At trial, appellant moved for a compulsory non-suit on the ground that appellee was contributorily negligent as a matter of law. The lower court denied this motion. At the close of argument, appellee requested five important points for charge which he later withdrew because of a misunderstanding.*fn1 The jury returned a verdict for appellant and appellee moved for a new trial reserving the right to file additional reasons within thirty days after transcription and filing of the record.
Within the thirty day period, appellee discovered evidence indicating that appellant gave false testimony on the nature and quality of his eyesight. Since the
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vision of appellant on the night of the accident was a crucial issue of fact, counsel for appellee then filed, as an additional reason for a new trial, this newly discovered evidence.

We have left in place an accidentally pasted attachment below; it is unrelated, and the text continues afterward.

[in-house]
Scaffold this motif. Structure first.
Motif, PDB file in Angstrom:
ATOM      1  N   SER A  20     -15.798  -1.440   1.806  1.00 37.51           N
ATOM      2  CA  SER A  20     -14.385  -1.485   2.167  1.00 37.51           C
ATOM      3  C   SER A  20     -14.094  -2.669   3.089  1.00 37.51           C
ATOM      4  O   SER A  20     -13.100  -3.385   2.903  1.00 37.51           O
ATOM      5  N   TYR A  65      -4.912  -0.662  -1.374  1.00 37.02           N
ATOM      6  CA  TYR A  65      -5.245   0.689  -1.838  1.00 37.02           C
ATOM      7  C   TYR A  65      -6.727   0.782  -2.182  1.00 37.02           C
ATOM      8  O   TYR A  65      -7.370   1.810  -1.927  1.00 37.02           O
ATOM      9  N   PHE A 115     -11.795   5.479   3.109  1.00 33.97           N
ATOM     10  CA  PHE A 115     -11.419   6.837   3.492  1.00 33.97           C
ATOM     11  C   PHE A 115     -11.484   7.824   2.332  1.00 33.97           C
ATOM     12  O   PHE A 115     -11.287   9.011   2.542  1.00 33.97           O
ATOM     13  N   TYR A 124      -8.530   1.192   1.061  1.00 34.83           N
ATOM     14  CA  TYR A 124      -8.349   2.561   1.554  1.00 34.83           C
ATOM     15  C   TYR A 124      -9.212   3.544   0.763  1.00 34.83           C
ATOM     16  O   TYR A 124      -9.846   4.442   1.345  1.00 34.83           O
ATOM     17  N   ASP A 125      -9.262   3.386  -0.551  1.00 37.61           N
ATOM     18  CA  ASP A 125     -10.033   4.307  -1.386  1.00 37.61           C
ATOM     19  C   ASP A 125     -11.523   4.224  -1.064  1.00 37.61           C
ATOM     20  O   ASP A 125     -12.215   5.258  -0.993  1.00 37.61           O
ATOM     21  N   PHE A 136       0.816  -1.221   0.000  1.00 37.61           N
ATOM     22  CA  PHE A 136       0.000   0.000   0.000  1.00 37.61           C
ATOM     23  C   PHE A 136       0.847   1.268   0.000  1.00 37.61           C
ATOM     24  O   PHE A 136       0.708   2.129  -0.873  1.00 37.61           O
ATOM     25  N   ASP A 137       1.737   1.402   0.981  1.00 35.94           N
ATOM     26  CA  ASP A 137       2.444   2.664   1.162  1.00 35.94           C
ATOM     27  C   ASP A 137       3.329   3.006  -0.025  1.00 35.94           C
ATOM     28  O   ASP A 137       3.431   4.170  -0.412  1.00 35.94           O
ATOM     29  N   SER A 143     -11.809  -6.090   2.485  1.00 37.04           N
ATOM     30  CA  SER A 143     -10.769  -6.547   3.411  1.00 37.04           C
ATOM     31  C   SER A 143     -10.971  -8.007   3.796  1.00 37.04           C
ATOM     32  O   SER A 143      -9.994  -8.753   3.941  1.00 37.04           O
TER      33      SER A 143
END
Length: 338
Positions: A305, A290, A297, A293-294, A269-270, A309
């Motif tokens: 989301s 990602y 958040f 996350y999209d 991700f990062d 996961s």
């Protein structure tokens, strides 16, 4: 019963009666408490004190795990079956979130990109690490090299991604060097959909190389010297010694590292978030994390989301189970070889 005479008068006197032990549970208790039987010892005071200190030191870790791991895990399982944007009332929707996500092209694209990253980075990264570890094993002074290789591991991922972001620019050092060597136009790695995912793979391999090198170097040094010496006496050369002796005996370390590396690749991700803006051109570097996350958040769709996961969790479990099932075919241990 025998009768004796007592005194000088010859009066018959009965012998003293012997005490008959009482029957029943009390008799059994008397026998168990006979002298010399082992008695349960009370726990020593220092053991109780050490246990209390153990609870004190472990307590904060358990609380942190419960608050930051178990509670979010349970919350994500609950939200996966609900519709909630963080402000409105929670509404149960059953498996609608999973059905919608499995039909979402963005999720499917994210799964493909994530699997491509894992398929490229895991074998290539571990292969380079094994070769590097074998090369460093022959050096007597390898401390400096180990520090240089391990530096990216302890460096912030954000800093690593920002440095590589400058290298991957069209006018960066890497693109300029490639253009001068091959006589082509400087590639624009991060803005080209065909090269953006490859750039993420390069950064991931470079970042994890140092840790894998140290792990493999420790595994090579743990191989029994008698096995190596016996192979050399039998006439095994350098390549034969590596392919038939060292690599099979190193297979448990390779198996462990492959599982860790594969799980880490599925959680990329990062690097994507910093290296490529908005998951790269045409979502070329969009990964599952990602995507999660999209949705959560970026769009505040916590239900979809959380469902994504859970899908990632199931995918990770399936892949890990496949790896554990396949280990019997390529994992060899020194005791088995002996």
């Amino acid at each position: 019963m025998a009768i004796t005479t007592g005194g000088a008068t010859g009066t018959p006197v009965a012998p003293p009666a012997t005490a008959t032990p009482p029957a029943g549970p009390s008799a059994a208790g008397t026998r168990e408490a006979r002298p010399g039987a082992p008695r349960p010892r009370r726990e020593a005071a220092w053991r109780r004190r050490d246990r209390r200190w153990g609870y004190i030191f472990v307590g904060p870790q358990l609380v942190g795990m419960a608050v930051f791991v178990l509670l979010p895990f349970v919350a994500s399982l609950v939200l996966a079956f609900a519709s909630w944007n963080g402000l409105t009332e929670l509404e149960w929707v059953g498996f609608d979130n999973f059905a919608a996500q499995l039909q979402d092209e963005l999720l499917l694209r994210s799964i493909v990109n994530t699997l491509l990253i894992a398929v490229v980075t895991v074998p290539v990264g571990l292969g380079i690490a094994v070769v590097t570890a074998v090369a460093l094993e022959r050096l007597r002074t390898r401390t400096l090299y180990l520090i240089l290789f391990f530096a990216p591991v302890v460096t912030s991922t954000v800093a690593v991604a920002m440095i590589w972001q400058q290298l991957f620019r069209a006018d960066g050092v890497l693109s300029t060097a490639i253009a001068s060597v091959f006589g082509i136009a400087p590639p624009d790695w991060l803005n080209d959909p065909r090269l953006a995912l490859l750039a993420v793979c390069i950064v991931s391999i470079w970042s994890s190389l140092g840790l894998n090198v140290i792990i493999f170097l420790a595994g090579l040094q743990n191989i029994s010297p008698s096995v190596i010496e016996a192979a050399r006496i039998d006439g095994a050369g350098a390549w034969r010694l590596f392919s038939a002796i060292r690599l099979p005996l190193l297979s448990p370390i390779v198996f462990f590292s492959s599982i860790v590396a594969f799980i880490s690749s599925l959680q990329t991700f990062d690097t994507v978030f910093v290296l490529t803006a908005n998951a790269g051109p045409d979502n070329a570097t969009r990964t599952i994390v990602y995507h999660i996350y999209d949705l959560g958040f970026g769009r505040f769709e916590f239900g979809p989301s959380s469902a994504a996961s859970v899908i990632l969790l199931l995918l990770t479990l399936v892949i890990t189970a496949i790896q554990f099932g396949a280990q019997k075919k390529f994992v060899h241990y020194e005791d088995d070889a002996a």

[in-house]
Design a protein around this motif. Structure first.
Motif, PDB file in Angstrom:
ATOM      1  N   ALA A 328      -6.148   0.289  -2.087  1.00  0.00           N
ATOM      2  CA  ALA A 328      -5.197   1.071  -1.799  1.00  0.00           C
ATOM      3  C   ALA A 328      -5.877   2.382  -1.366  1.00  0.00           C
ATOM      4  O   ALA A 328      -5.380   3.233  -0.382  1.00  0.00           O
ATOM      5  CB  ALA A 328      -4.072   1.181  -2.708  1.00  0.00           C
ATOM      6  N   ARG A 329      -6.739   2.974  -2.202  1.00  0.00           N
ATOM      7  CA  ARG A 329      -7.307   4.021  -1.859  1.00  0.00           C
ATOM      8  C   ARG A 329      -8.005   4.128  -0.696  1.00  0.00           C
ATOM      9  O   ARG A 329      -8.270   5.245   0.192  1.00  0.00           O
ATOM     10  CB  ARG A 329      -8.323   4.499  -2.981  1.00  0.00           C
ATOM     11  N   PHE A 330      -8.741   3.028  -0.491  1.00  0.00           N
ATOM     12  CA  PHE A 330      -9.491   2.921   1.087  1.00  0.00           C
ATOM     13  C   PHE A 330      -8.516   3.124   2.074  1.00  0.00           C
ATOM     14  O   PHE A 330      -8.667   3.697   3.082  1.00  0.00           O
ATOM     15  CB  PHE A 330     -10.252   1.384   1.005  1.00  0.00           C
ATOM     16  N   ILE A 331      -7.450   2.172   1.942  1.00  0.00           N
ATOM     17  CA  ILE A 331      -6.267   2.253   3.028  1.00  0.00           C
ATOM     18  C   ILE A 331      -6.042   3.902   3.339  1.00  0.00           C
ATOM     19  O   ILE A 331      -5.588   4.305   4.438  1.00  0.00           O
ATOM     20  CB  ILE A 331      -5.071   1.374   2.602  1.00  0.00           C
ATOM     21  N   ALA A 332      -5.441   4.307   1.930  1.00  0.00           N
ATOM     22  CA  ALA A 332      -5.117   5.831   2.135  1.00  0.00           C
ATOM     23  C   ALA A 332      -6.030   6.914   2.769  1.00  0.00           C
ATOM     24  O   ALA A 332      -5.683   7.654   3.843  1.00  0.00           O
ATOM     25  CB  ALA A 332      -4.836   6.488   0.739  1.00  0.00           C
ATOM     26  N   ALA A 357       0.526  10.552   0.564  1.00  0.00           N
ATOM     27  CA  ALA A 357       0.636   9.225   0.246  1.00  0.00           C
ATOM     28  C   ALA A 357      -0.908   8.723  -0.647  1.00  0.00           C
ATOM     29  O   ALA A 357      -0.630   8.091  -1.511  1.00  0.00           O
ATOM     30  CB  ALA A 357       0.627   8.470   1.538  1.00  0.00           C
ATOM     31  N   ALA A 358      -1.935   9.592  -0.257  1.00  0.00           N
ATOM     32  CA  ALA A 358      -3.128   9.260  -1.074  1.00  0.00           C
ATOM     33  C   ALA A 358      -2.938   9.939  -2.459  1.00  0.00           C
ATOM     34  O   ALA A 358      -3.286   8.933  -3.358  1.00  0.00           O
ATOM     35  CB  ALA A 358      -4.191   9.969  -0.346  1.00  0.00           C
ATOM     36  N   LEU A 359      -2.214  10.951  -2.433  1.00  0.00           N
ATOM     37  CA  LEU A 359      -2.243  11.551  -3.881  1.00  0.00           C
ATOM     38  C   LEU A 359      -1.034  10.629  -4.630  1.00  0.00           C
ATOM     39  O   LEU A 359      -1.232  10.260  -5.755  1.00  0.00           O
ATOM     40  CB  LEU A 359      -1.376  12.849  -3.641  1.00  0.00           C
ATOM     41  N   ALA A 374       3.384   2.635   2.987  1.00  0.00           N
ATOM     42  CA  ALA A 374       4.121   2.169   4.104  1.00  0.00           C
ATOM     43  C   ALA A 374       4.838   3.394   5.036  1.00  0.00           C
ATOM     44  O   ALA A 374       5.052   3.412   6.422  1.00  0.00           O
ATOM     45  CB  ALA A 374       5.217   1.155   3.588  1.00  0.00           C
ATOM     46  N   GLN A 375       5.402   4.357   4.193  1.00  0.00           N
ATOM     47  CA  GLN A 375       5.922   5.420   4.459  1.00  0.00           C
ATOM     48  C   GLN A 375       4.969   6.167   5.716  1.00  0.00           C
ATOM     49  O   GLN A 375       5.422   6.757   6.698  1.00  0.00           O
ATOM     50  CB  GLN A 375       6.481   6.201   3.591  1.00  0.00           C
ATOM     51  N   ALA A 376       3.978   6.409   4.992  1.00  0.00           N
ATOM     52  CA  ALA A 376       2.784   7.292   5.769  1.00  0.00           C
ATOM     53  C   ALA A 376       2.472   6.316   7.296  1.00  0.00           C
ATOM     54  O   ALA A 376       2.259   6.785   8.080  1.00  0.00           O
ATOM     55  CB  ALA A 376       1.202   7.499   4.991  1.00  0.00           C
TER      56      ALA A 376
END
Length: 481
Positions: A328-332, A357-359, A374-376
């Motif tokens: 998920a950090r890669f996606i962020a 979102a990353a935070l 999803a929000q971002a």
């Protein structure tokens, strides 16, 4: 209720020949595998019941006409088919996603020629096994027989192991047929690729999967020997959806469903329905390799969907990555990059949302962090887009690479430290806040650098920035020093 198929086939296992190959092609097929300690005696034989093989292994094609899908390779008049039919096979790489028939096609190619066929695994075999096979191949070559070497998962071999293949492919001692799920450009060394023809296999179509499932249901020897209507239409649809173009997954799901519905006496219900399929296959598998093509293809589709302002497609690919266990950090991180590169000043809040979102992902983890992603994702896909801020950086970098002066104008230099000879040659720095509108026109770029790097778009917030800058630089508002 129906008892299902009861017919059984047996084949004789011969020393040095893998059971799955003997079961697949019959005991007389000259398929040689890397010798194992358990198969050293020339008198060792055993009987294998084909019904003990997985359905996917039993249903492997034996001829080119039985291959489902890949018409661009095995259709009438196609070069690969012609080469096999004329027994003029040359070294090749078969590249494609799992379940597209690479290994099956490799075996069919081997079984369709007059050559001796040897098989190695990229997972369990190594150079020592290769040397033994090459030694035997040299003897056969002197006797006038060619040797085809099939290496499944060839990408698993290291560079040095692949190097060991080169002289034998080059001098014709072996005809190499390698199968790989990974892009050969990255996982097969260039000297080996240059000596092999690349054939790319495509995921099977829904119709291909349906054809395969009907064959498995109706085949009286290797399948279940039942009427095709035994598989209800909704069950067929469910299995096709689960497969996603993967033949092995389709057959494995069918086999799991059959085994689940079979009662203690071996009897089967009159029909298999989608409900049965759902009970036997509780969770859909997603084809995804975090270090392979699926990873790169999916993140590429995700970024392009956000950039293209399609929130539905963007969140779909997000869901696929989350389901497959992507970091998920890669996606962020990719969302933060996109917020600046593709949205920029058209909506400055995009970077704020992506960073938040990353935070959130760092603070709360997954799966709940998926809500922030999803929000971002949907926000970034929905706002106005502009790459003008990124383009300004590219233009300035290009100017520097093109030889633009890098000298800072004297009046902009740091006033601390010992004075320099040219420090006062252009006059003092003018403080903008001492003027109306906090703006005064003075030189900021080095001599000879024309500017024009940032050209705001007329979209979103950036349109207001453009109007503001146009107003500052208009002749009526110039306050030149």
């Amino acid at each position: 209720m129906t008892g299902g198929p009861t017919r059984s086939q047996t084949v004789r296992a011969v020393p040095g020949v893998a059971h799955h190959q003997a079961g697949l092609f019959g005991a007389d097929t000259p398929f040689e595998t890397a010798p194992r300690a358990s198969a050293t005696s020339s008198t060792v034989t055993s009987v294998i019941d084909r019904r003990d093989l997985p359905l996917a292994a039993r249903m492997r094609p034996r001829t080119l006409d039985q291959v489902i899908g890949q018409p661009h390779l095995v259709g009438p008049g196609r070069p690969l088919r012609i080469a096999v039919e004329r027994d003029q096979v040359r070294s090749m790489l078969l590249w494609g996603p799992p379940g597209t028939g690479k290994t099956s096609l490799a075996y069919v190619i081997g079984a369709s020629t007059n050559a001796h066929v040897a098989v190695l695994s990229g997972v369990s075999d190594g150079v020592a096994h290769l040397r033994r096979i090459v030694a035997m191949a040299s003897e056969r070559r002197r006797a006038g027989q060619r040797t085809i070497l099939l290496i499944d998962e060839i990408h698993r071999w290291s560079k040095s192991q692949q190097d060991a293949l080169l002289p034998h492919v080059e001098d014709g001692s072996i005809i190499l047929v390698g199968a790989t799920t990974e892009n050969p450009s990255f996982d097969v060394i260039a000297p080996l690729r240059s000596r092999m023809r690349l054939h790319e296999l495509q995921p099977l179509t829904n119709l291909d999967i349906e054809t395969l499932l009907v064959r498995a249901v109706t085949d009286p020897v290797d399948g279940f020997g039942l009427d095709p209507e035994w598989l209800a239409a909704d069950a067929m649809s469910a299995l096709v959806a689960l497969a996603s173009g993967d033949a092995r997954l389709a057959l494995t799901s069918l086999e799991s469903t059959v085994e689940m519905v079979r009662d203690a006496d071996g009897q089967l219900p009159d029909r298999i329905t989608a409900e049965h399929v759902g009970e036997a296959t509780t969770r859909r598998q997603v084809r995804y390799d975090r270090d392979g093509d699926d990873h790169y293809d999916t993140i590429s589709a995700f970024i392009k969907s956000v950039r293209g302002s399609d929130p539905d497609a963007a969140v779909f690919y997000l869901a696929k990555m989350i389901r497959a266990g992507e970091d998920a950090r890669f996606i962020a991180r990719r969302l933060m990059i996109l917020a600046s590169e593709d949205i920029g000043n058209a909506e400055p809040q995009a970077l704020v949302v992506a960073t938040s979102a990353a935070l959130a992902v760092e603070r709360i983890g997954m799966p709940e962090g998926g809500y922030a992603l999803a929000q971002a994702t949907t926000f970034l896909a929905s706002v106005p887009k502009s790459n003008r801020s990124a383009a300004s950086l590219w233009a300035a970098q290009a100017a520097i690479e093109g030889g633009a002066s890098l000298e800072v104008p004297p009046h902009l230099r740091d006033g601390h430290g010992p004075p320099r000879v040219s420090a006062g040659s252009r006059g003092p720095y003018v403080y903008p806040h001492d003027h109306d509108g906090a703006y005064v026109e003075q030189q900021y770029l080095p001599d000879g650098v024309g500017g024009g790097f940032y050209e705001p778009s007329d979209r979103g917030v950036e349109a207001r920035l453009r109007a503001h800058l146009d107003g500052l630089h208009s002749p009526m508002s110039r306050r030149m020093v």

The lower court granted a new trial giving as its reasons the newly discovered evidence and the joint misunderstanding between it and appellee's counsel which resulted in the withdrawal of the aforementioned points for charge. The court concluded by stating that: "Taking everything into consideration, in order to be fair to plaintiff, he should be entitled to a new trail."
Appellant contends that appellee was contributorily negligent as a matter of law and therefore the newly discovered evidence would not affect the result of this case. In the alternative, he argues that the newly discovered evidence doctrine is not applicable to the facts of the instant case. We reject the first contention and are not required to answer the second.